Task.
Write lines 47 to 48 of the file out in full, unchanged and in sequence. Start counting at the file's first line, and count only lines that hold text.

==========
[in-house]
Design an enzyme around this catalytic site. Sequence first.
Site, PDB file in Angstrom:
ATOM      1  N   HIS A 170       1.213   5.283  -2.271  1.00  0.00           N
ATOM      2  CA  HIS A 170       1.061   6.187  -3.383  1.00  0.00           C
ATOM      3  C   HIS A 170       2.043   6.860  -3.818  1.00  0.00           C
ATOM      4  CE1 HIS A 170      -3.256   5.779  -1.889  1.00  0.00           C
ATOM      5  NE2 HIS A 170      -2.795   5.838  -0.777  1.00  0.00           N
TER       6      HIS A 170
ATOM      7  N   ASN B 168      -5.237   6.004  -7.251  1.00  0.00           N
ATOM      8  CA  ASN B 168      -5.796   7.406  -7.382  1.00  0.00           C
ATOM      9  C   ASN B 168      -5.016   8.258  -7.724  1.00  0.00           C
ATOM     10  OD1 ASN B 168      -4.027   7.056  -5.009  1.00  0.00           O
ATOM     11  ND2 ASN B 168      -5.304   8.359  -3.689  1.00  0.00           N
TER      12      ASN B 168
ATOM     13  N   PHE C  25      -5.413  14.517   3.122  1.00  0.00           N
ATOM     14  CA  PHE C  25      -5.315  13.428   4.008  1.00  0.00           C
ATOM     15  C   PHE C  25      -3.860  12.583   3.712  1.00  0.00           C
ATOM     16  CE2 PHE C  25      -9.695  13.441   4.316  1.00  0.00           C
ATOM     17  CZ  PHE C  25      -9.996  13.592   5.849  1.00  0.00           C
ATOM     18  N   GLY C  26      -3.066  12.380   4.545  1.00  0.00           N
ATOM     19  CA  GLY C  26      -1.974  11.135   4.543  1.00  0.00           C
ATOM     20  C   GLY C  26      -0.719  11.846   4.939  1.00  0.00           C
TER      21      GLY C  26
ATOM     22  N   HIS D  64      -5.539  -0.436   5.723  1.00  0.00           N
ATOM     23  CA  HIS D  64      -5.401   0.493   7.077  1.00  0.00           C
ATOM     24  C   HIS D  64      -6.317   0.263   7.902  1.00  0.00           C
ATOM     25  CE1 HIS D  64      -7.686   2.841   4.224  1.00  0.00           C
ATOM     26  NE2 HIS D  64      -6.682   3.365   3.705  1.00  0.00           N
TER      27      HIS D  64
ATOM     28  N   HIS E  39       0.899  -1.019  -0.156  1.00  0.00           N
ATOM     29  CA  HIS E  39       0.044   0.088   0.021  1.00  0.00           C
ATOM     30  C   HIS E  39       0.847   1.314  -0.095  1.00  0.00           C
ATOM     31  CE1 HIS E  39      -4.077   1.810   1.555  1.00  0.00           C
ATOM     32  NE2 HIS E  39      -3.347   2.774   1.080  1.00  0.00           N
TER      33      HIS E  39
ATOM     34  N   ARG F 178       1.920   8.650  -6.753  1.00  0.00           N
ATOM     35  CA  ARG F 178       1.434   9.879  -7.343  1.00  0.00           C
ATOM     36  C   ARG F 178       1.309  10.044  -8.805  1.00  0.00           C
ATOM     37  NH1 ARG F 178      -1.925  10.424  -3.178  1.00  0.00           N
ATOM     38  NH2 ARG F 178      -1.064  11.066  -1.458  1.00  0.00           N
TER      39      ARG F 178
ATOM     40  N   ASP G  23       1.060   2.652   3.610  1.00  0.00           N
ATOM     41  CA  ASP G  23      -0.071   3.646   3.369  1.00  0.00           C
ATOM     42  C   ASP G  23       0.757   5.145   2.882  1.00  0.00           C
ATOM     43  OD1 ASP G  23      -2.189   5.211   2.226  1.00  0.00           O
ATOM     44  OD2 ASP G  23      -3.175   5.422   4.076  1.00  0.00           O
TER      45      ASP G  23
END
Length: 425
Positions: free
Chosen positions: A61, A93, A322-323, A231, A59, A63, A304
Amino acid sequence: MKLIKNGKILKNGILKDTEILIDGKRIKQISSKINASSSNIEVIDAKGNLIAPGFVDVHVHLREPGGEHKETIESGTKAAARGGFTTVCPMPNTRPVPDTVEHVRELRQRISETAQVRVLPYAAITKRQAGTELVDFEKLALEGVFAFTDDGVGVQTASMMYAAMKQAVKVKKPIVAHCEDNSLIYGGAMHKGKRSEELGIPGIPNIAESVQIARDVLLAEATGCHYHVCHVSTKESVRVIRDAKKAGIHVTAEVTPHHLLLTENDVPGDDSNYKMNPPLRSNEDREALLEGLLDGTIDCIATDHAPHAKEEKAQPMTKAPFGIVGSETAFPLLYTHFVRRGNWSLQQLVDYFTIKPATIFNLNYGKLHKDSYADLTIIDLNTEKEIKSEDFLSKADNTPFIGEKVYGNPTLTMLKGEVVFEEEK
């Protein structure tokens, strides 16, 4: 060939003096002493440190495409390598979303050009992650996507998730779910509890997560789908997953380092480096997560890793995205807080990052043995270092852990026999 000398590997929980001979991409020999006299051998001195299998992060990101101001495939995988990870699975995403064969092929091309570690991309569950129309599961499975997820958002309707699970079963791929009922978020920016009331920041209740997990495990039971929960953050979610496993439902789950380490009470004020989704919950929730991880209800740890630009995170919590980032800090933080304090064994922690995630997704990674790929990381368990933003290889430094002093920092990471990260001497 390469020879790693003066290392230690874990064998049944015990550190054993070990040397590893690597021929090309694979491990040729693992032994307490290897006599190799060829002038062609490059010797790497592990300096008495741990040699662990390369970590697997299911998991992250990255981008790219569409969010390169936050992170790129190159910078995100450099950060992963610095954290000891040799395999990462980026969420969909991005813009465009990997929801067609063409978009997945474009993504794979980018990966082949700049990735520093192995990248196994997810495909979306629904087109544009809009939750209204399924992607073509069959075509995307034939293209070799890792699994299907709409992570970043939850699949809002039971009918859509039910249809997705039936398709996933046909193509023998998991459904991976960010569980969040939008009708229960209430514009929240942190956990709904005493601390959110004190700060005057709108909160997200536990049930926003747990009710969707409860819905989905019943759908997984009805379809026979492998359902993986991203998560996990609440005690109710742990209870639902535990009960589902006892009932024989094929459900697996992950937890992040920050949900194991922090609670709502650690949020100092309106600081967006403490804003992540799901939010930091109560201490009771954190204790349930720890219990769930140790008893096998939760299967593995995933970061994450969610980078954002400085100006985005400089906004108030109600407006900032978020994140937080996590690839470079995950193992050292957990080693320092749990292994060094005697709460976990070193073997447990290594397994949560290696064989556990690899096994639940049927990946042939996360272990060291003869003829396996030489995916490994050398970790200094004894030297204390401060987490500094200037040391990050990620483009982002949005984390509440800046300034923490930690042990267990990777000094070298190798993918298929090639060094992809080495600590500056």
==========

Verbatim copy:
ATOM     44  OD2 ASP G  23      -3.175   5.422   4.076  1.00  0.00           O
TER      45      ASP G  23